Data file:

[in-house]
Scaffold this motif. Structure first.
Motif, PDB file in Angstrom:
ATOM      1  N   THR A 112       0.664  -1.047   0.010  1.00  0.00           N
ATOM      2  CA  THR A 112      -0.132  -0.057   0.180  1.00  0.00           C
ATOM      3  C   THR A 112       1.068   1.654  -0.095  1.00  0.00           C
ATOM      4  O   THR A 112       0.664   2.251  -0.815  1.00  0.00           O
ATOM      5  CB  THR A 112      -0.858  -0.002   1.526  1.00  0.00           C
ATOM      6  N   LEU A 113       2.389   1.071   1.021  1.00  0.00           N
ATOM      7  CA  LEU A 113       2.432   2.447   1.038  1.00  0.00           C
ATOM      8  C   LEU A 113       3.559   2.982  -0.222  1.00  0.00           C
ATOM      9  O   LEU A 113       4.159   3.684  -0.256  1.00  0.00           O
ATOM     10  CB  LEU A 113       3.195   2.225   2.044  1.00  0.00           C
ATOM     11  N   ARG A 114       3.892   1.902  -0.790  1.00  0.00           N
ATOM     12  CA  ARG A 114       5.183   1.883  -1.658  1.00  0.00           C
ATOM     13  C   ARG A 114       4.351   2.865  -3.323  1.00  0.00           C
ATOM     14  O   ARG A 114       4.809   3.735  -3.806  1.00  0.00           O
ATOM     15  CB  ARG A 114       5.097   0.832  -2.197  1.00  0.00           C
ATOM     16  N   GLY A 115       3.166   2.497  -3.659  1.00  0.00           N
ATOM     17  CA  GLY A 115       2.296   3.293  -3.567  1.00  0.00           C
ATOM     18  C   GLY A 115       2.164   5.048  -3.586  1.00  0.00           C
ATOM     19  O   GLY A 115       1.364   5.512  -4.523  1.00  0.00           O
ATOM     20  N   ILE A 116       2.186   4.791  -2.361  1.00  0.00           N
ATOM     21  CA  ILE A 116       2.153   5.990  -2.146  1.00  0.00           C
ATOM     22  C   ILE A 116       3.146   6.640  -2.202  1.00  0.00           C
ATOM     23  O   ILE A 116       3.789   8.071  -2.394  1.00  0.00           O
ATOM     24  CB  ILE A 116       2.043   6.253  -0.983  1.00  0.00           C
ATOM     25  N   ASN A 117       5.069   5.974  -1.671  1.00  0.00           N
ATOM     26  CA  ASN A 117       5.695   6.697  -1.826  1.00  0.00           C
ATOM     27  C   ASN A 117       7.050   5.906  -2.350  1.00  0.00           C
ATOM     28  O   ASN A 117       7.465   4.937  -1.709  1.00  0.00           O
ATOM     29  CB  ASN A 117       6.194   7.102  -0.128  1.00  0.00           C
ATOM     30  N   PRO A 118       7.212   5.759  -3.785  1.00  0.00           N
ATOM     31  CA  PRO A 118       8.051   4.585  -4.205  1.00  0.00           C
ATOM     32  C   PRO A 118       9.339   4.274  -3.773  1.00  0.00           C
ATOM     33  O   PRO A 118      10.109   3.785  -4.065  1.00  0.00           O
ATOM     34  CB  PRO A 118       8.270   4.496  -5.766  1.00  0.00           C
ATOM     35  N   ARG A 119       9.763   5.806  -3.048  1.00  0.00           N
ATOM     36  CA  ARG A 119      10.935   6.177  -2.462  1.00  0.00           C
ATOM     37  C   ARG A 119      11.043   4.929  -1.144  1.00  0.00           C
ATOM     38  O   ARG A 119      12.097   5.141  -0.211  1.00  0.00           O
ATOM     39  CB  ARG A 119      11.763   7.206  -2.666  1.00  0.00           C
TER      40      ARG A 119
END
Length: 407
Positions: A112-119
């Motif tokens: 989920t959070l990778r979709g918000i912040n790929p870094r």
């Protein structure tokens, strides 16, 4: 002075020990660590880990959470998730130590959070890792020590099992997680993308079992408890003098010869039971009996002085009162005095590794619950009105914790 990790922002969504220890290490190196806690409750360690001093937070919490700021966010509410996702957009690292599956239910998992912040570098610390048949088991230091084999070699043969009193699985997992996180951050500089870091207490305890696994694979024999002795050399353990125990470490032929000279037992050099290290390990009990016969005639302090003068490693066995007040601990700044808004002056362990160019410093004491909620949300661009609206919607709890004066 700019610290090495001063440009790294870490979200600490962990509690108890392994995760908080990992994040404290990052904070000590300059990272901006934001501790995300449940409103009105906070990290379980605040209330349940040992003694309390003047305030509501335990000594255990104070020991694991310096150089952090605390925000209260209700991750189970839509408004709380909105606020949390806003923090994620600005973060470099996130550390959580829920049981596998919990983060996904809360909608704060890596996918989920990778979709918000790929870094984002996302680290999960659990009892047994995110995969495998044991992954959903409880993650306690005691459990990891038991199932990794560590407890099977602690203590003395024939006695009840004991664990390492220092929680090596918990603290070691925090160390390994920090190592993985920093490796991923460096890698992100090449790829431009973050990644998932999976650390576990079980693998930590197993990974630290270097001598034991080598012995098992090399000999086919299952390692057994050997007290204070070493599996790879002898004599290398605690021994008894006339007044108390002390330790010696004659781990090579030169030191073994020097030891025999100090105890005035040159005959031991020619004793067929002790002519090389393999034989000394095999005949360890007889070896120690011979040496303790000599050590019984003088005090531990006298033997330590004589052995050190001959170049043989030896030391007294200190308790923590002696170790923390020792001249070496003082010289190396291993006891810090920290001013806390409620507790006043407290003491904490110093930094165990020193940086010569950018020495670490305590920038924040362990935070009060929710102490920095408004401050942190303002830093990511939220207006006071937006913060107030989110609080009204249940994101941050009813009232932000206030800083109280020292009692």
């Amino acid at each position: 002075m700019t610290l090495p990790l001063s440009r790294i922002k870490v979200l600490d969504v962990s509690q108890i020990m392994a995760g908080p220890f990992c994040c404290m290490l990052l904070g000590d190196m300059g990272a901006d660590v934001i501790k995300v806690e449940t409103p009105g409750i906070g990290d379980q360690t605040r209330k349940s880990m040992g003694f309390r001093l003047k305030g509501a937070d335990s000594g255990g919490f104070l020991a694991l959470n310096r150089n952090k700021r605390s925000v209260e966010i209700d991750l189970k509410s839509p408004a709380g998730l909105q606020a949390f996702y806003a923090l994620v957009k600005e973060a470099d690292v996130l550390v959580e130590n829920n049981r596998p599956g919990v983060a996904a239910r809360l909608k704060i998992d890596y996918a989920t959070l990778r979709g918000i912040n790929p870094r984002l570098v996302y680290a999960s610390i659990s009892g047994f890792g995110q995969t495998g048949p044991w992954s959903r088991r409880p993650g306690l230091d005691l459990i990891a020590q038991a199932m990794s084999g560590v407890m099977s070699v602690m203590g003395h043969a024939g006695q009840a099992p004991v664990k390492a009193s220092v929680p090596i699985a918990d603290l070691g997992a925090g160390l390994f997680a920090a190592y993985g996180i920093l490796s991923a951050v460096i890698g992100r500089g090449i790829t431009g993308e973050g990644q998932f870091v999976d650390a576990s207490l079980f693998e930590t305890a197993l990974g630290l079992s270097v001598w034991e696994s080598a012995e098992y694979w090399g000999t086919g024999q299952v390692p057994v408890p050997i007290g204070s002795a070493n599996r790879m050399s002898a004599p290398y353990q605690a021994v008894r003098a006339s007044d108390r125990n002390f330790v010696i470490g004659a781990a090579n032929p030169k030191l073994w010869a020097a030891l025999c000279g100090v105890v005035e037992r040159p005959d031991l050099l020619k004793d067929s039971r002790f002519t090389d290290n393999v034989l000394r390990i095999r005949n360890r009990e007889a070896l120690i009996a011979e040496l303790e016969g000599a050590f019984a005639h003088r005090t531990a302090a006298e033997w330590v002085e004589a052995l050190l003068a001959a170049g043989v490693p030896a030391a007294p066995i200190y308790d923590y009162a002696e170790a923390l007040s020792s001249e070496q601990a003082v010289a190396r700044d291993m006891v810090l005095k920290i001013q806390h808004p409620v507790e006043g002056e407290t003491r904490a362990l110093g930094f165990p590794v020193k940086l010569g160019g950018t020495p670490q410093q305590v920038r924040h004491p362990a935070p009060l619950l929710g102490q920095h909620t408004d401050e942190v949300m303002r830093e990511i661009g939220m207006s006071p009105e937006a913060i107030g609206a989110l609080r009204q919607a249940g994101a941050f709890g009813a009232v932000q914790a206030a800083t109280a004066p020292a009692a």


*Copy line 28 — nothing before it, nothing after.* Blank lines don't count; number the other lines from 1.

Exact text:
ATOM     25  N   ASN A 117       5.069   5.974  -1.671  1.00  0.00           N